Sunday, June 19, 2016

Pancakes Fundraiser - The Value of Cropping

This entry is about how cropping saved a photo that was "bombed" by my subject's little brother. The image was one from a series of candid shots made between 10:13 through 10:21 am, proof that getting "the" shot in one take is a very rare occurrence.

The photo was made with my Fuji X100S with the native 35mm equivalent lens. I removed the wide angle adapter to get a slightly closer "look" to the image, even though I'm only about three feet from my subject.  This is a cropped portion of a larger image, as you'll see. The shoe-mounted Nikon SB-80DX speedlight is aimed straight up and bounced off of a paper plate. Exposure was 1/640th of a second, F 4.0, ISO 200. Power output on the SB-80 wasn't recorded, but I did add an SD-8a accessory battery pack for faster recycling.

Conning Kids: Sometimes you can "con" kids into doing what you want. I originally started talking to Little Brother, when Big Brother (in red) wanted part of the action. When I mentioned I was only interested in photographing somebody who was actually eating a pancake (he already finished his eggs and sausage), BB went back and got a second helping of pancakes, and as he squirted syrup on them, LB started to mug for the camera. As I watched the syrup being poured, BB's expression just happened. I'm not sure exactly what it meant, but at that moment, all of BB's concentration was on the pancakes.I made three shots.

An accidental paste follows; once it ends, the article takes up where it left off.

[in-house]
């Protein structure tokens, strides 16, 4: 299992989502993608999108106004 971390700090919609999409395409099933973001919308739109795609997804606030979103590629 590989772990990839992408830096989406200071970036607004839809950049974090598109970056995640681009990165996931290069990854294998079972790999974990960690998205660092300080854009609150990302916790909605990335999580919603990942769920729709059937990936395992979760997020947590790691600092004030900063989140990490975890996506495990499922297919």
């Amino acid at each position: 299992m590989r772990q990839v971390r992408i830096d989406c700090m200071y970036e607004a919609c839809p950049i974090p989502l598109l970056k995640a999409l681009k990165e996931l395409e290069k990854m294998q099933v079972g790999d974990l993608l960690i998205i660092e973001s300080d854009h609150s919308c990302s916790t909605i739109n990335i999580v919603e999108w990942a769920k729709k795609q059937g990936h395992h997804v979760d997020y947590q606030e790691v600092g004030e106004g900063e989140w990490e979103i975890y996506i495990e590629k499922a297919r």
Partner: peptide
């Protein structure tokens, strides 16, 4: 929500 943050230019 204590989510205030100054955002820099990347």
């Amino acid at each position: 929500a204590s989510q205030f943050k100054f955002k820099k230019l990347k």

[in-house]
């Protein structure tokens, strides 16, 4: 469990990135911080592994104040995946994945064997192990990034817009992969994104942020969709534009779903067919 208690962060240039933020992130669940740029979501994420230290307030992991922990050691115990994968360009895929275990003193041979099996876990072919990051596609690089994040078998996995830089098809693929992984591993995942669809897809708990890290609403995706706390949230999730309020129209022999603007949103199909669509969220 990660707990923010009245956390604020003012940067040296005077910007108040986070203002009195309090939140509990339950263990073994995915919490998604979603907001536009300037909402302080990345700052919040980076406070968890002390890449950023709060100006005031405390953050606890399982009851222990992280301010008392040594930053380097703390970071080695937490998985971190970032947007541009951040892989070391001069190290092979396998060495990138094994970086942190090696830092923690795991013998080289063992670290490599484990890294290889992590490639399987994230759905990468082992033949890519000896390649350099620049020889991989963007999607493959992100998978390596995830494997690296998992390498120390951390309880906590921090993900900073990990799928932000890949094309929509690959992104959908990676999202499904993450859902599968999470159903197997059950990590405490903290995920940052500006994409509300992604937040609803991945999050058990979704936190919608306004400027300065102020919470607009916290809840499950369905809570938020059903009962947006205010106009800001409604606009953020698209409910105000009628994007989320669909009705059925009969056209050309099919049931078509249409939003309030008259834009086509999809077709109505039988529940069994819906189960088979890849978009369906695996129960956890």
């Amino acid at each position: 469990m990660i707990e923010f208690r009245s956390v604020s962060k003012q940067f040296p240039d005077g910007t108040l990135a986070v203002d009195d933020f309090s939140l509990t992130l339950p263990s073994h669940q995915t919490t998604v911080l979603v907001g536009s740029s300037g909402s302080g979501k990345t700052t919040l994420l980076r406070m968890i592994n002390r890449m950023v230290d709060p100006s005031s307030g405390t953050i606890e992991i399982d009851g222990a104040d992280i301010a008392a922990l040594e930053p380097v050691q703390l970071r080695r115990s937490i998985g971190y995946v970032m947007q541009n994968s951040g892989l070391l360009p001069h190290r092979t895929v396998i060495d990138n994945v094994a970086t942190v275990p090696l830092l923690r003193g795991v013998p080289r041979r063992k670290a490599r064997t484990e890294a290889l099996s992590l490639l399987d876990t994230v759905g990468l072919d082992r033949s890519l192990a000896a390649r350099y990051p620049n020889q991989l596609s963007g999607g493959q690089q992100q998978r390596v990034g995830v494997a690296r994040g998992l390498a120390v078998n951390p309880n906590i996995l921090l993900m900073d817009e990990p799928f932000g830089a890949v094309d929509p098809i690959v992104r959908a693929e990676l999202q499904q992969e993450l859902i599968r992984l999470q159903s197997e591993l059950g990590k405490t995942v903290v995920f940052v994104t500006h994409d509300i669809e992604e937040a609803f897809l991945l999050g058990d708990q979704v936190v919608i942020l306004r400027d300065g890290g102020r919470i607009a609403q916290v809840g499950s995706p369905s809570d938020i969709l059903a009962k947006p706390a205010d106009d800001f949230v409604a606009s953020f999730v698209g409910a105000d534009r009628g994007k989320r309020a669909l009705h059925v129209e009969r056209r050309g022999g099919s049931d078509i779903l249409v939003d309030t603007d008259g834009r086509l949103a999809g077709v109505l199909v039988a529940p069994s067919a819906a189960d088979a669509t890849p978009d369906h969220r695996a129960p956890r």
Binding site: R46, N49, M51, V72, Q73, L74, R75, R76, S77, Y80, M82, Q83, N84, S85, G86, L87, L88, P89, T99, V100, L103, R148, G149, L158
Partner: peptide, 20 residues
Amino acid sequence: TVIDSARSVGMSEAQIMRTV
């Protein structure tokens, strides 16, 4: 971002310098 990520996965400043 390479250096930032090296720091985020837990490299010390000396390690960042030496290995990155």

You can see that the third shot shows both of BB's eyes, and I liked the dynamic angle of the syrup bottle. This last shot was the winner, LB notwithstanding.

Cropping To The Rescue! You can see how the crop eliminated all of the details that detract from the central image. Due to the placement of BB's elbow, it would be impossible to eliminate all traces of LB's face. But by eliminating all traces of LB's eyes, I moved the viewer's attention toward BB pouring syrup, who was apparently feeling some excitement over the process.

In my mind, I already had the shot, but continued shooting anyway, looking for a cute "eating shot". I quickly realized that an open mouth full of half-chewed food just didn't make it visually, so the series was dropped from consideration.

Final Notes: The 1/640 shutter speed made possible by the X100's leaf shutter allowed me to use a shooting aperture of F 4.0, which in turn required less light from my speedlight, which translated into brief recycle times. Had I used a DSLR, I could have extrapolated these exposure settings to 1/250th of a second exposure and an aperture size of  6.3. This would have given me an identical ambient exposure, but the comparable flash output would have required more than twice the light, which may have slowed my shooting.

The Fuji did give me some grief in the flash department, but having learned from the Carnaval debacle, I recovered and quickly got to shooting.